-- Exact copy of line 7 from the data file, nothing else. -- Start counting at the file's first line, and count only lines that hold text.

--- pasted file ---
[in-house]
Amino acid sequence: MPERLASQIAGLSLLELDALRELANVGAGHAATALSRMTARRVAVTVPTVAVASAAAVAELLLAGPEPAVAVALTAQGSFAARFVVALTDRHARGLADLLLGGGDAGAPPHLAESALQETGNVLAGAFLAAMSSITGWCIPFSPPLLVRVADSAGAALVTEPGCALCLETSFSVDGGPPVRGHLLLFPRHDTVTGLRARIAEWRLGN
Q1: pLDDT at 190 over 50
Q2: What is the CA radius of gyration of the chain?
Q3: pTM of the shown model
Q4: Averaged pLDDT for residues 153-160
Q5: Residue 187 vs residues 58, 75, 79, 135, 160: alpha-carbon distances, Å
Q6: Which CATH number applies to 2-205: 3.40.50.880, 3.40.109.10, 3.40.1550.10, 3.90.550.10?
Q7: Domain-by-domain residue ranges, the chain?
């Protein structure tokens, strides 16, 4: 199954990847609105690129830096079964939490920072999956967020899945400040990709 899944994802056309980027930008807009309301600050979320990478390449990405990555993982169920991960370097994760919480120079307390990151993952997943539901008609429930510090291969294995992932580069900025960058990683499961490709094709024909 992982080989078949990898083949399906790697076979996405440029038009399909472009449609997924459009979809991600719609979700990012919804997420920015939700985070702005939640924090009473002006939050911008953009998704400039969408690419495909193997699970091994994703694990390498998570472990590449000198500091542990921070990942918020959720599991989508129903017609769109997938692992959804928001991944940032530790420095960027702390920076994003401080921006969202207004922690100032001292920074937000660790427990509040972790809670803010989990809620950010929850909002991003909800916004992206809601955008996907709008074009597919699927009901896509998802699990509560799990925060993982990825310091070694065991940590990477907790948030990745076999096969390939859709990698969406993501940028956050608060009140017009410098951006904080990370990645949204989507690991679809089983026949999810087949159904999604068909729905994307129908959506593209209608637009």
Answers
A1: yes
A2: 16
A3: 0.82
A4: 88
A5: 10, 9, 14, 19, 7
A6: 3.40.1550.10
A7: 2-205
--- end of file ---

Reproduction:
Q5: Residue 187 vs residues 58, 75, 79, 135, 160: alpha-carbon distances, Å